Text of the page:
What is your highest virtue?
John Harbison is an American composer whose work is notable for its astonishing range and diversity. He has written for every conceivable type of concert performance and is also considered original and accessible for a wide range of audiences. His major works include four string quartets, four symphonies, the 1987 Pulitzer Prize-winning cantata The Flight into Egypt and three operas, including "The Great Gatsby," which was commissioned by The Metropolitan Opera and first performed in December 1999. Harbison has been composer-in-residence with the Pittsburgh Symphony, the Los Angeles Philharmonic, the Santa Fe Chamber Festival, the American Academy in Rome, Tanglewood, the California Institute for the Arts and Chamber Music West. He is also an Institute Professor at MIT and the Acting Artistic Director of Emmanuel Music. Harbison holds an MFA from Princeton University.
Question: What is your highest virtue?
John Harbison: The hardest thing is to have compassion and forgiveness. Tolerance is also a really hard one, because some of the major issues in this country . . . you know, race, and I’d have to even say a kind of intellectual tolerance. I’m very bothered that many groups in this country are dismissive of other groups because they feel they are not as cultured and not as educated. I think we have a very tremendous attraction to intolerance almost bred into the early life of this country. So yeah. I would consider those my major virtues. And also it’s, you know, so hard to apologize for things. And I’m always impressed by people who, when they’ve done something really wrong, don’t do the standard thing which is just to make it worse and ostracize, but actually go the whole way and try to reengage the situation. And in our profession, our music profession, there are constant tests of those issues.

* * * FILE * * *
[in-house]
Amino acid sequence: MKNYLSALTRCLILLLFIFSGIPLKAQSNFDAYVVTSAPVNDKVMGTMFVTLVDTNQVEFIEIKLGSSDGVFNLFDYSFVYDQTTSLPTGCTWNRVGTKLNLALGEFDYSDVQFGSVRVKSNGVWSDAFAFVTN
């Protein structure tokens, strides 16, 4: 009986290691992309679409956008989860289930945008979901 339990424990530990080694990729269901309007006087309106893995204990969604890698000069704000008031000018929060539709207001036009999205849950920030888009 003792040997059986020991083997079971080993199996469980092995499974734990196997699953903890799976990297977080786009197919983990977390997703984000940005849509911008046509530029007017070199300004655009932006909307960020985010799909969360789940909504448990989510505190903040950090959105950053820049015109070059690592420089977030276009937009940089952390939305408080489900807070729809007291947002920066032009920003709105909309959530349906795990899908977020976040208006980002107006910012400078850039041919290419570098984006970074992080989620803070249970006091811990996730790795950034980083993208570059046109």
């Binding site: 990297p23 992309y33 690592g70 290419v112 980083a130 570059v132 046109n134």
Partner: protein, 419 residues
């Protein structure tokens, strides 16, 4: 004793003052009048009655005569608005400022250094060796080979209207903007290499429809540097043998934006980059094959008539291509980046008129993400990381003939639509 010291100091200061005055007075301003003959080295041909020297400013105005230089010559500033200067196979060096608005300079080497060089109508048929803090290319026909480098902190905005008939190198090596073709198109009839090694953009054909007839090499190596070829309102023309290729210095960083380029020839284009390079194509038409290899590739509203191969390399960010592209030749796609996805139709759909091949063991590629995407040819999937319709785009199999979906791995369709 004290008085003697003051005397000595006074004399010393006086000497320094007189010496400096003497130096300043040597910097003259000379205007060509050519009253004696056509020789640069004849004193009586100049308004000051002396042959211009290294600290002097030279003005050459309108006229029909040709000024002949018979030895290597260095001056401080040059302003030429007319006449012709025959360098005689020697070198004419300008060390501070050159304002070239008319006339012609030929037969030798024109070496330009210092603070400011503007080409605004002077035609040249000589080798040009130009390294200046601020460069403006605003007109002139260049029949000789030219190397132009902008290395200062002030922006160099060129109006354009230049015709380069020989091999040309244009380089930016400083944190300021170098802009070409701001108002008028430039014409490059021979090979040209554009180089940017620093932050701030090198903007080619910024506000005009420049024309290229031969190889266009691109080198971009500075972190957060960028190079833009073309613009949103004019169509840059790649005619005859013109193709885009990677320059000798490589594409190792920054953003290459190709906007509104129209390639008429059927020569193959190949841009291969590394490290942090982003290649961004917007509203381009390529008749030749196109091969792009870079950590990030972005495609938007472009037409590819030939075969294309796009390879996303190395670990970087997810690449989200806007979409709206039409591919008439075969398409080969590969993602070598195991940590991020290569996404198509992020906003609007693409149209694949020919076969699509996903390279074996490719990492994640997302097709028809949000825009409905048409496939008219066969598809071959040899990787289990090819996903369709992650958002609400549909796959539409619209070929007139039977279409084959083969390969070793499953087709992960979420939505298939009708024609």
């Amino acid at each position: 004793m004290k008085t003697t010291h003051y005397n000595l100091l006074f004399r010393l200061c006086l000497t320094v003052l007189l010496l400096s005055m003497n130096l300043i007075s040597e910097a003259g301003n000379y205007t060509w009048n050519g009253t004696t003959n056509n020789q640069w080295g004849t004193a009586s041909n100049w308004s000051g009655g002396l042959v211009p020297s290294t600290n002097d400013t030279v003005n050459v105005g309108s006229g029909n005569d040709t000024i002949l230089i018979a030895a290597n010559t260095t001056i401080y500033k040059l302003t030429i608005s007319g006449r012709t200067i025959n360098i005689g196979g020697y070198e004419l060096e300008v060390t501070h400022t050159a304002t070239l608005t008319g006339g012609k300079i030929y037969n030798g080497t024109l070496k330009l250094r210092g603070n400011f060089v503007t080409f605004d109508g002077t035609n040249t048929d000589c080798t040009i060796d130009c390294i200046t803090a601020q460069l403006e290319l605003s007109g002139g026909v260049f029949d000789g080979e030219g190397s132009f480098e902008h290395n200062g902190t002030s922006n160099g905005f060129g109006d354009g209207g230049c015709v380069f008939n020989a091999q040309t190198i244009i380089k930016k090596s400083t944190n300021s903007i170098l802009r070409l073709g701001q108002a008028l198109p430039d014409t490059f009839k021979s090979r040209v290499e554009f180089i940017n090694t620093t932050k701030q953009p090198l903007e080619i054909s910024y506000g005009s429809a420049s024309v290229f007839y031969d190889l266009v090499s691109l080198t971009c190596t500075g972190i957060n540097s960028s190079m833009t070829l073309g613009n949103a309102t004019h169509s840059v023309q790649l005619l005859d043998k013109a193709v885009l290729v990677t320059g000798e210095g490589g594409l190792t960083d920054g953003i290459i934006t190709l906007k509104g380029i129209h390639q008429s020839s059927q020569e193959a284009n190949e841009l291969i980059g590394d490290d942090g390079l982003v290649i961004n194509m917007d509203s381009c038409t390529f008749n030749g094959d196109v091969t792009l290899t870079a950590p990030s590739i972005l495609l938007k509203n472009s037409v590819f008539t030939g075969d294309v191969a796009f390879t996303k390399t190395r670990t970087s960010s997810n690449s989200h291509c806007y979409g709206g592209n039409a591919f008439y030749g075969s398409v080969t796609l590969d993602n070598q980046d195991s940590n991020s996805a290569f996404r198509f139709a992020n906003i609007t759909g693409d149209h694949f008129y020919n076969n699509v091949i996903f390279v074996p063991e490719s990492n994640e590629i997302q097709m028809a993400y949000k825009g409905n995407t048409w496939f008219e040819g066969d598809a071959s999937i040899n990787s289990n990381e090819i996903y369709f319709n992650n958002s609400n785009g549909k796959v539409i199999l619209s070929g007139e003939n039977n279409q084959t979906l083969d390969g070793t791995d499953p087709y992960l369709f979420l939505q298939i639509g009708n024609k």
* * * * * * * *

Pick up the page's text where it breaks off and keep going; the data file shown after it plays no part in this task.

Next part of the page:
Recorded On: 6/12/07
We have a tremendous attraction to intolerance bred into the early life of this country, Harbison says.
New research links urban planning and political polarization.
- Canadian researchers find that excessive reliance on cars changes political views.
- Decades of car-centric urban planning normalized unsustainable lifestyles.
- People who prefer personal comfort elect politicians who represent such views.
Progressive America would be half as big, but twice as populated as its conservative twin.
- Why can't we have a human-sized cat tree?
- What would happen if you got a spoonful of a neutron star?
- Why do we insist on dividing our wonderfully complex selves into boring little boxes
SMARTER FASTER trademarks owned by The Big Think, Inc. All rights reserved.